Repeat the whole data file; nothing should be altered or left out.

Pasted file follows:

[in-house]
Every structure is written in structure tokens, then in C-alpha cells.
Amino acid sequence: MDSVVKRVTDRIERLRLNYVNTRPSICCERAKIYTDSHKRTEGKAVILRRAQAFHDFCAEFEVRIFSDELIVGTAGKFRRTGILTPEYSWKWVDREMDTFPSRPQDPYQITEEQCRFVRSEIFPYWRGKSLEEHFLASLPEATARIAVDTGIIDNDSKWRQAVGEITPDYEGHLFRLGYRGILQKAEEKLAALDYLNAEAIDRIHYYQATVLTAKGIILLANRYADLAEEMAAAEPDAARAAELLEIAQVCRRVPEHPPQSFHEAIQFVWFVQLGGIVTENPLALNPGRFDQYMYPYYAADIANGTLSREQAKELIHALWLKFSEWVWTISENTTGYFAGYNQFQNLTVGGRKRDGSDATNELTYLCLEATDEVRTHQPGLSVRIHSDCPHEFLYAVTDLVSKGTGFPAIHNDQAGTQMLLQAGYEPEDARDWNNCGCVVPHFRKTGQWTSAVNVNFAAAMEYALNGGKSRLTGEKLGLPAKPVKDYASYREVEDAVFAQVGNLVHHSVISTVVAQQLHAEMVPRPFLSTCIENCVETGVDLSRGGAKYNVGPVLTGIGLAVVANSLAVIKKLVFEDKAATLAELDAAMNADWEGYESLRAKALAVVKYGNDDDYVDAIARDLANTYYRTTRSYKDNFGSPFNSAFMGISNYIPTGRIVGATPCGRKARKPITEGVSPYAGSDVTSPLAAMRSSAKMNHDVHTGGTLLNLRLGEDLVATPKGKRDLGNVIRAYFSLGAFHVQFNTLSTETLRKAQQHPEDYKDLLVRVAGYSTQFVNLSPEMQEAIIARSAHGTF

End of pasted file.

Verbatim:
[in-house]
Every structure is written in structure tokens, then in C-alpha cells.
Amino acid sequence: MDSVVKRVTDRIERLRLNYVNTRPSICCERAKIYTDSHKRTEGKAVILRRAQAFHDFCAEFEVRIFSDELIVGTAGKFRRTGILTPEYSWKWVDREMDTFPSRPQDPYQITEEQCRFVRSEIFPYWRGKSLEEHFLASLPEATARIAVDTGIIDNDSKWRQAVGEITPDYEGHLFRLGYRGILQKAEEKLAALDYLNAEAIDRIHYYQATVLTAKGIILLANRYADLAEEMAAAEPDAARAAELLEIAQVCRRVPEHPPQSFHEAIQFVWFVQLGGIVTENPLALNPGRFDQYMYPYYAADIANGTLSREQAKELIHALWLKFSEWVWTISENTTGYFAGYNQFQNLTVGGRKRDGSDATNELTYLCLEATDEVRTHQPGLSVRIHSDCPHEFLYAVTDLVSKGTGFPAIHNDQAGTQMLLQAGYEPEDARDWNNCGCVVPHFRKTGQWTSAVNVNFAAAMEYALNGGKSRLTGEKLGLPAKPVKDYASYREVEDAVFAQVGNLVHHSVISTVVAQQLHAEMVPRPFLSTCIENCVETGVDLSRGGAKYNVGPVLTGIGLAVVANSLAVIKKLVFEDKAATLAELDAAMNADWEGYESLRAKALAVVKYGNDDDYVDAIARDLANTYYRTTRSYKDNFGSPFNSAFMGISNYIPTGRIVGATPCGRKARKPITEGVSPYAGSDVTSPLAAMRSSAKMNHDVHTGGTLLNLRLGEDLVATPKGKRDLGNVIRAYFSLGAFHVQFNTLSTETLRKAQQHPEDYKDLLVRVAGYSTQFVNLSPEMQEAIIARSAHGTF